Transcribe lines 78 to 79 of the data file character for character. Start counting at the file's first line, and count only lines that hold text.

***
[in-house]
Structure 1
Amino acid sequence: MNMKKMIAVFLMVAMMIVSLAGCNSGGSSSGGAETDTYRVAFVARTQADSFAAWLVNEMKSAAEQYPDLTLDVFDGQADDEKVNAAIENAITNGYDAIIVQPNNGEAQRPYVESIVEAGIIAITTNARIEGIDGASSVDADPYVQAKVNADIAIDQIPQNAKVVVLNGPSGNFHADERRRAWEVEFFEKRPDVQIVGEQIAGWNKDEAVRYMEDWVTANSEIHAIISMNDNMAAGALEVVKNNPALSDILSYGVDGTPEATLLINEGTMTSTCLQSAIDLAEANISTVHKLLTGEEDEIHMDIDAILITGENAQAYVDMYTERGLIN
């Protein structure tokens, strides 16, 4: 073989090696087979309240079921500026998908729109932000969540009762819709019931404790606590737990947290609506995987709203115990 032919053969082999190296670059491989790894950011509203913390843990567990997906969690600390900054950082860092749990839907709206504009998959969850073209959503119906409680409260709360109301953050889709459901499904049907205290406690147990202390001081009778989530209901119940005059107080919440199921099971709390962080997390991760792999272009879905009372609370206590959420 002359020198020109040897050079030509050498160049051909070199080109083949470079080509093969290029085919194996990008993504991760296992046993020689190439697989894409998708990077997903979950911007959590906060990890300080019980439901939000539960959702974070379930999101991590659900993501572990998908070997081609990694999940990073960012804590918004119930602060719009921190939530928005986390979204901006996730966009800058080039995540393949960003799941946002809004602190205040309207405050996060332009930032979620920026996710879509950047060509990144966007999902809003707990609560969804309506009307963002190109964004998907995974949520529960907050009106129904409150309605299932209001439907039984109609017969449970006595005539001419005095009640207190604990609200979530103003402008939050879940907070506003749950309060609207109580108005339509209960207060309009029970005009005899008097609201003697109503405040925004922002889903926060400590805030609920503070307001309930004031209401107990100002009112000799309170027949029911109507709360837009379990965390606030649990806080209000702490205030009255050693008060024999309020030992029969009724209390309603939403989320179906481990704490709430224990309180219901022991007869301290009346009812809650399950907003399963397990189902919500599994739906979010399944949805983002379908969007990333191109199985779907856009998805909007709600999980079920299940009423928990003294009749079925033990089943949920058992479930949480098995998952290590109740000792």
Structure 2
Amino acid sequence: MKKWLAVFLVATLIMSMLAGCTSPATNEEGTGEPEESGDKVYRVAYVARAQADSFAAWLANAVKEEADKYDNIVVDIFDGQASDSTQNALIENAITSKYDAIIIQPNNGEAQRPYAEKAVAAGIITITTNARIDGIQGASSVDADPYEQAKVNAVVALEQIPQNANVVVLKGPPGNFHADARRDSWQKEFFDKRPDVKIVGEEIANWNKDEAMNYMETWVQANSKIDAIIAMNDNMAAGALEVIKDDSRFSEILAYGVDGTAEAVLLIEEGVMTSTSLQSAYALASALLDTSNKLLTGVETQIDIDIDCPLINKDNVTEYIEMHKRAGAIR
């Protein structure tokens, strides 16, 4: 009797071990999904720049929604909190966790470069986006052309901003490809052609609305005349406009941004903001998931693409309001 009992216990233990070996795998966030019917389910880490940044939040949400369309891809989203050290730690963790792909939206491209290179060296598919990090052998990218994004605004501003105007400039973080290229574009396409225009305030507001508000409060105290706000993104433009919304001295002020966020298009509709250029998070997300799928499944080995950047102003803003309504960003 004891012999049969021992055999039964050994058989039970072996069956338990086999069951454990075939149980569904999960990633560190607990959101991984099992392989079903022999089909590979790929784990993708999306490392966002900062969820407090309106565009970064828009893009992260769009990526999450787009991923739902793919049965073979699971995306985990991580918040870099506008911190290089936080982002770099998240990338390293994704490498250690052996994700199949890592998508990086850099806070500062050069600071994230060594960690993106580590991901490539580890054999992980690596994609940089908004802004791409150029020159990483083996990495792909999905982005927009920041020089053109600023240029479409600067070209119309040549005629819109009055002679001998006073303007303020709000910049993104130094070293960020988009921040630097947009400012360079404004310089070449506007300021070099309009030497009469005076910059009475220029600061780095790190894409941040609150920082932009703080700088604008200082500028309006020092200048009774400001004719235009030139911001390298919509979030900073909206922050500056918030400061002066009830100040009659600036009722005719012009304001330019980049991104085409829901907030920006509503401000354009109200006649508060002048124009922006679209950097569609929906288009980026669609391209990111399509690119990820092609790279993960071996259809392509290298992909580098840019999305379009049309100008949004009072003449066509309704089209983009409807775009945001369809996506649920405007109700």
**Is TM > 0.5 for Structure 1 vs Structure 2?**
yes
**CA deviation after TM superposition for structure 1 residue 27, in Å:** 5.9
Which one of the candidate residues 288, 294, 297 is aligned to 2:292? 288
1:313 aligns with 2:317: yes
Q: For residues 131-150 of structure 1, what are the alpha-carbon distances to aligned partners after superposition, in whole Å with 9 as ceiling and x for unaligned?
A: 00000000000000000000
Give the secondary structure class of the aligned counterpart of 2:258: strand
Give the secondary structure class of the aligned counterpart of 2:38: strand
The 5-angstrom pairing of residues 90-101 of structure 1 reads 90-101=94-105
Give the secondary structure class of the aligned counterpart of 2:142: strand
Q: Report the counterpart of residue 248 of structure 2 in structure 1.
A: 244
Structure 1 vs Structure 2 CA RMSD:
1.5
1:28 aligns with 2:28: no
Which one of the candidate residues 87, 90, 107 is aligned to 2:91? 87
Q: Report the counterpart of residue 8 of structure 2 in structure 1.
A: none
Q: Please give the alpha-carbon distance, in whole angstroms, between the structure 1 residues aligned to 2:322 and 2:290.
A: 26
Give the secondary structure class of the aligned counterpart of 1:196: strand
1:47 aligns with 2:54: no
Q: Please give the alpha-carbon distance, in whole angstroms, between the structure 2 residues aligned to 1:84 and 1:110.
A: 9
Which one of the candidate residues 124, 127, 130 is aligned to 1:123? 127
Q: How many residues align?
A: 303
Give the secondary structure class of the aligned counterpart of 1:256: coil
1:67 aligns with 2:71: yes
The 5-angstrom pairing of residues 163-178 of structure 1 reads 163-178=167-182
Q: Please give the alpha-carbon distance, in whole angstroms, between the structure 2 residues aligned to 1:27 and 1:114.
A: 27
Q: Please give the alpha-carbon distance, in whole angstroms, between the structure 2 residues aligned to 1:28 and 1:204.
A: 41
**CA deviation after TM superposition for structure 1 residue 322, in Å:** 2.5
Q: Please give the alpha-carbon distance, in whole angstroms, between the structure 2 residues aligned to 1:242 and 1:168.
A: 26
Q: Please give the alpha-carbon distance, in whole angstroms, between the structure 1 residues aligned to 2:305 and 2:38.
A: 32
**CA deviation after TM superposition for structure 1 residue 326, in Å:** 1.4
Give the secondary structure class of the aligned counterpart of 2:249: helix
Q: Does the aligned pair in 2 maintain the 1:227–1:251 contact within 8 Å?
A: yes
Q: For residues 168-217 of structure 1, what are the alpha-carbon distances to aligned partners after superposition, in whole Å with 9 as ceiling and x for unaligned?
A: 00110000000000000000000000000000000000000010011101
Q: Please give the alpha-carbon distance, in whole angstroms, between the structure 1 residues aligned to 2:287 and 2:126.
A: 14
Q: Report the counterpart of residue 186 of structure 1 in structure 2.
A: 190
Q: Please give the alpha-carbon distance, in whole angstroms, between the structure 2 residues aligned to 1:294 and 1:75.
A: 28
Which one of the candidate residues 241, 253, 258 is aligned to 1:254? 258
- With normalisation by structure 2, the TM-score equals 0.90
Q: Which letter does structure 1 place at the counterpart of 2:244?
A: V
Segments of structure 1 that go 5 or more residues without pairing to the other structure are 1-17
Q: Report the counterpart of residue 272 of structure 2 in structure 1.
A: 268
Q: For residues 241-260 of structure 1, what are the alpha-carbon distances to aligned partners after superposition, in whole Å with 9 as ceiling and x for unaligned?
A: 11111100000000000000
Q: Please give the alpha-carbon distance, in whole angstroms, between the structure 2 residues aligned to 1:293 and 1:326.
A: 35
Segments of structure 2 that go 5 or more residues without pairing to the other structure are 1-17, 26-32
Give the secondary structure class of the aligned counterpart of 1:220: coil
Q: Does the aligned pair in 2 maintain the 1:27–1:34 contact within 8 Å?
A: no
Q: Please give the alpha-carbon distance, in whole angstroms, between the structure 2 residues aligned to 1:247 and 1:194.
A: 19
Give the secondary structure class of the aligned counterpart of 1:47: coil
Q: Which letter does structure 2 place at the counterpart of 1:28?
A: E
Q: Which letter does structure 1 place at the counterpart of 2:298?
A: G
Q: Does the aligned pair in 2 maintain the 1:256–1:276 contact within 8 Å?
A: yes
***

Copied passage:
Q: Which letter does structure 2 place at the counterpart of 1:28?
A: E